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Grace (2009)

Written and Directed by Paul Solet

Aside from the awkward moment we find ourselves leering in upon once the film starts, we may already know where such a tale is headed. Girl ensures pregnancy, Girl and Boy get in fatal accident, Girl survives and is forced to take care of her demon baby, but not really. That’s pretty average, right?  Just a kiddo who favored blood opposed to milk and rats to the otherwise baby food. Because while the couple had discussed birthing options prior, it was Maddy (Jordan Ladd) who insisted on going with something not as traditional and using a midwife. But not just any midwife, one in which she had formerly worked with as well as shared a relationship with. As to the nature of such is really left in an ambiguous nature concerning the two. Never saying too much and leaving just enough for the audience to create what they would rather see most fitting.

The problem with their choice lying solely with the mother-in-law who would not only prefer the couple to be in a Hospital but under the supervision of her own practitioner, Dr. Richard Sohn (Malcolm Stewart). The two obtaining yet another questionable relationship that is used more so as a bargaining chip than anything else. As Vivian (Gabrielle Rose) harbors lost emotions over losing her son (early on in the film) and wishing to bear a child once again. She becomes obsessed with Grace, convinced she could prove Madeline to be the unfit mother knowing with plans of taking her daughter into custody soon after. The hilarity in Vivian’s actions only proving to become more eye-raising as the movie unfolds. While one can perhaps, understand the point of view meant for this character, its easy to immediately name her as the villain of the film. Though easily argumentative, shes spot on a stone cold queen B from the first moment on-screen and doesn’t relent if in fact, not exceeding to greater lengths to show her crazy.

Because while Maddy had been positive she had lost her baby due to the accident, she’d rather wait out the three weeks and carry to term. A choice her midwife understood, despite growing concerns from those around her. It’s only after the actual birth that strange incidents begin to occur. Almost willing her daughter back to life, Grace is found suckling at her mother’s tit, simply a smile found on Maddy. The first couple of days seemingly normal as they progressively changed for the worse. The first occurrence happening during a bath in which a rash causes the tiny tub to fill with blood. Soon after finding that no matter the tactics used for prevention, a swarm of flies were unable to stop emerging from within her vicinity. Her mother’s milk not sufficient as there seemed to be only one thing little Gracie would have preferred. “Kinder kills, cleaner cuts,” as only the best will do. Biting off more than she could chew as Madeline finds herself exhausted while trying to provide for her daughter.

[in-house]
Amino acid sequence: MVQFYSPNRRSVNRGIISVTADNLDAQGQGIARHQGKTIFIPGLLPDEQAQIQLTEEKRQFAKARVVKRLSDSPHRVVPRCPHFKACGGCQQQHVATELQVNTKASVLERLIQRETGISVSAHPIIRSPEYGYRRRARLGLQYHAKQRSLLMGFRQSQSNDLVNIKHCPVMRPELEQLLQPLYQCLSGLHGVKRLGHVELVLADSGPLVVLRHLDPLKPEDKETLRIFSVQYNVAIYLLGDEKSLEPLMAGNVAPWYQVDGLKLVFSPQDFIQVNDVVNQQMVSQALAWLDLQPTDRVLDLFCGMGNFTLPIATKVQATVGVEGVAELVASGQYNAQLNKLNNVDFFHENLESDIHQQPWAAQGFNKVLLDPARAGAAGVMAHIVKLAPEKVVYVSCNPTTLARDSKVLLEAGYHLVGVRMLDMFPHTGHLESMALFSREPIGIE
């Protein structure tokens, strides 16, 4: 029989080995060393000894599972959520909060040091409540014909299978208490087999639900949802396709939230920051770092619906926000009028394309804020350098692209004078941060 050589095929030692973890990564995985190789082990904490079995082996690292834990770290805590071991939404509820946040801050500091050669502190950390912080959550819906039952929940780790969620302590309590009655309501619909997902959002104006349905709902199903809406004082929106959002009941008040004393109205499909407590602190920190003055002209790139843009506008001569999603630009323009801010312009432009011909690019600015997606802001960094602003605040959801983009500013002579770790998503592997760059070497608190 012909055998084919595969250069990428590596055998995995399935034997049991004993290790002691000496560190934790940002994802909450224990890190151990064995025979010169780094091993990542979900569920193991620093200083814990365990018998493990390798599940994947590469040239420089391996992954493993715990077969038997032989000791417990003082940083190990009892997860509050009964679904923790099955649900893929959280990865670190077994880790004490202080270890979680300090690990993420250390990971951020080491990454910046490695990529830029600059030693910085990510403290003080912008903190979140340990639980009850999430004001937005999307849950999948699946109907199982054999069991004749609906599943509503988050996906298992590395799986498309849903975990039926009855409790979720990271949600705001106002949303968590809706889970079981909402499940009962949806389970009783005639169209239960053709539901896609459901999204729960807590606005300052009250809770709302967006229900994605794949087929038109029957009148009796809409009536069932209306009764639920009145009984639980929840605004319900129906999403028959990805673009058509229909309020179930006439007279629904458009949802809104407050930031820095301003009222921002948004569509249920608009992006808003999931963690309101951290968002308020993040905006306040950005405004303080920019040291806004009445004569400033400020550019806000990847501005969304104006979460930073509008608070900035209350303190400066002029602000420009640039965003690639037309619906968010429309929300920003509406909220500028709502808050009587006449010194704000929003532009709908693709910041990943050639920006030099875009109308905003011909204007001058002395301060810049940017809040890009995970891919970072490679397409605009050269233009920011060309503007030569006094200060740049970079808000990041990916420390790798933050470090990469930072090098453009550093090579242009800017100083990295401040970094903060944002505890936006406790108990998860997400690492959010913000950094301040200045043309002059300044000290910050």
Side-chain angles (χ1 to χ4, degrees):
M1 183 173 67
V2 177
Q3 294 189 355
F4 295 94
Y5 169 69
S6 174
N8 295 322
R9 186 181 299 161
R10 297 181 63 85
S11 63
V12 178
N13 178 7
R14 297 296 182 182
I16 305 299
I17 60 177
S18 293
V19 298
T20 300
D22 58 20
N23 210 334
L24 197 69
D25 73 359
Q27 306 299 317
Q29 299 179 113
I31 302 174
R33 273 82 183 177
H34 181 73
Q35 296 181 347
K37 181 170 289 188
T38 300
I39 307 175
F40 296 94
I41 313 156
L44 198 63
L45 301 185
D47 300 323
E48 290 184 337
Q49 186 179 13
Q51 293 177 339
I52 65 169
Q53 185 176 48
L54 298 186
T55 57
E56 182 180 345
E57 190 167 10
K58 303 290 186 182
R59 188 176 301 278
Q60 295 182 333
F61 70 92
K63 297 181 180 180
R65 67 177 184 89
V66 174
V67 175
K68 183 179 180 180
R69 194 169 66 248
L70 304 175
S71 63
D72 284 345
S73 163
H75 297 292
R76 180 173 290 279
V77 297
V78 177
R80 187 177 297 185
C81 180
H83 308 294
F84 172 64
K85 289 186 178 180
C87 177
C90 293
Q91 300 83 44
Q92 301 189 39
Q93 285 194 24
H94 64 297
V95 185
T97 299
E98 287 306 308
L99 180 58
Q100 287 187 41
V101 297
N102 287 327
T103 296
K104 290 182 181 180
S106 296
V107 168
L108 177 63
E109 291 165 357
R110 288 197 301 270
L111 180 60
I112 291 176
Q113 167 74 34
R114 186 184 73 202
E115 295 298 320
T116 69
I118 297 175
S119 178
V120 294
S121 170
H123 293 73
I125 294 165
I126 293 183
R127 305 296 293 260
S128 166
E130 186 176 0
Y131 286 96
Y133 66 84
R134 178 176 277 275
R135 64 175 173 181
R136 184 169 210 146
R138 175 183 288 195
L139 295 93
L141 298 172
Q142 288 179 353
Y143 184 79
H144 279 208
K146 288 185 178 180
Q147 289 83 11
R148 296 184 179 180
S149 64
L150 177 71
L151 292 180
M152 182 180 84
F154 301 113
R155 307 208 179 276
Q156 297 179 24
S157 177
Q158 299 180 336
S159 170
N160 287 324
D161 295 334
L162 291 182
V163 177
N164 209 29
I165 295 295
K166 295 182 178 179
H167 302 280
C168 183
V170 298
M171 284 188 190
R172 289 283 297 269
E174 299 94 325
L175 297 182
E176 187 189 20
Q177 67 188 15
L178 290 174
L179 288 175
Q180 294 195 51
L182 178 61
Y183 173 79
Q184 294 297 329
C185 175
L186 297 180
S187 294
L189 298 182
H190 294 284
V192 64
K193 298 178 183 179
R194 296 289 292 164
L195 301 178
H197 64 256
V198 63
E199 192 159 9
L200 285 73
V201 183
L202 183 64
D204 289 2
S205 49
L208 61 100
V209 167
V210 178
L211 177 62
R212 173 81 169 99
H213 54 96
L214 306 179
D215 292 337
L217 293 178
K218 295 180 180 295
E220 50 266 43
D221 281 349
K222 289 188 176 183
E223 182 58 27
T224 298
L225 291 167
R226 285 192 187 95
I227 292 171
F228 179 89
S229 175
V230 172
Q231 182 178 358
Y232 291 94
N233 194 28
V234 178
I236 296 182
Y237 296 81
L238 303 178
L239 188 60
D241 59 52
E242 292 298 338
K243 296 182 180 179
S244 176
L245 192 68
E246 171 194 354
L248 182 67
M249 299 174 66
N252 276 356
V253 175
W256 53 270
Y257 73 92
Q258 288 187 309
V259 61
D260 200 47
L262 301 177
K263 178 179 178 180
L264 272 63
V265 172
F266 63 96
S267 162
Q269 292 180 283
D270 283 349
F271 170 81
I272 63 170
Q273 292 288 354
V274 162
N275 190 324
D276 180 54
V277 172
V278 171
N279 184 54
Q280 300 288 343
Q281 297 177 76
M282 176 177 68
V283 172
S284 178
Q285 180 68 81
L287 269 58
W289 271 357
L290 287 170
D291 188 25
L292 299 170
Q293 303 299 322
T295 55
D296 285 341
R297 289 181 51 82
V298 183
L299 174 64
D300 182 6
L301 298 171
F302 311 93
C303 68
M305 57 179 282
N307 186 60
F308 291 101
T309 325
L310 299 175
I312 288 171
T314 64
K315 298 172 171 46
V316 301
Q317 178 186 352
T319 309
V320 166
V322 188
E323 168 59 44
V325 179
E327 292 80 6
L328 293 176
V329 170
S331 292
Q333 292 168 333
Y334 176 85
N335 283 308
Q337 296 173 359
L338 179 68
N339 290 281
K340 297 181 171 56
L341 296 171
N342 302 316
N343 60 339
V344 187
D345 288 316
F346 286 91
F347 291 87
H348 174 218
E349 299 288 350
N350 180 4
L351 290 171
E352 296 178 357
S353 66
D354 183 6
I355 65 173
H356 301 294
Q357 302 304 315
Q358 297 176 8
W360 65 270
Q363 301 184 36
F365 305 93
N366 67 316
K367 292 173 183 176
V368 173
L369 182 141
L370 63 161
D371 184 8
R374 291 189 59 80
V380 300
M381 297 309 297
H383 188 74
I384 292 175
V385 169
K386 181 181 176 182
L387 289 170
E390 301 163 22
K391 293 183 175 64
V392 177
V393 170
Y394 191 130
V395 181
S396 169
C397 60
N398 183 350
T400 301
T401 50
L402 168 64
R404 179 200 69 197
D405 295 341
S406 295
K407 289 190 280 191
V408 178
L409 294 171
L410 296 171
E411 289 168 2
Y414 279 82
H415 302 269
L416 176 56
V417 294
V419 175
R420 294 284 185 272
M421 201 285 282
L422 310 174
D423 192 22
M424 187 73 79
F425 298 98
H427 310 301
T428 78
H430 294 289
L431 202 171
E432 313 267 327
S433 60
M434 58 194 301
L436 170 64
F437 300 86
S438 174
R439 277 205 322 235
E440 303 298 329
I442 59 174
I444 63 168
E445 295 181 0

And while our three “main” characters do eventually meet up in the end; as Dr. Sohn had assured Vivian he would further handle what was promised. It’s as though the entire situation was poorly constructed into some hurried charade of weird and unnecessary moments. Because it wasn’t enough that Maddy already didn’t trust or even like her mother in-laws intentions towards her baby. But being so willing to let this man into her home and at that, let him perform a physical and attempt to pump milk? Hearing Gracie through the monitor and instinctively “feeling” an illness about in her voice, he races up the stairs. Soon stopped from a blow to the head as Vivian soon follows the crazy in where she could no doubt balance everything out with her own. Later, finding Patty and her “family” traveling with new identities and one problem left unsolved; what happens once she starts teething? Seriously. Because ah, the last image was NOT a pretty one.

My interest in this film peaking so long as it had Jordan Ladd and the fact that it seemed an original enough thriller. Considering that Solet had mentioned wanting it originally as a creature film. But then it would have been too reminiscent of It’s Alive and while, it could never be that, certain remnants certainly lurked about. Despite no mention of such as an inspiration. But it’s also a story about obsession from a mothers standpoint. How a woman can have a clear vision of what bearing a child will mean to her and how that obsession can not only run over their life but the life of their child, as seen with Vivian. Finding her at her low point with displaced photos all around as she literally dusts off her old breast pump. Entranced with the thought of being able to start over again. It was sad almost; her displacement to the entire situation. The Story wasn’t anything overly exciting and there was a stillness that came out tawdry and monotonous after the fact. Because having one main Actor behind a film shouldn’t establish how great it will be. Yet an unfortunate downside to the Horror films that aren’t readily up for grabs are that they’re expected to carry almost the entire film when not as easily achievable.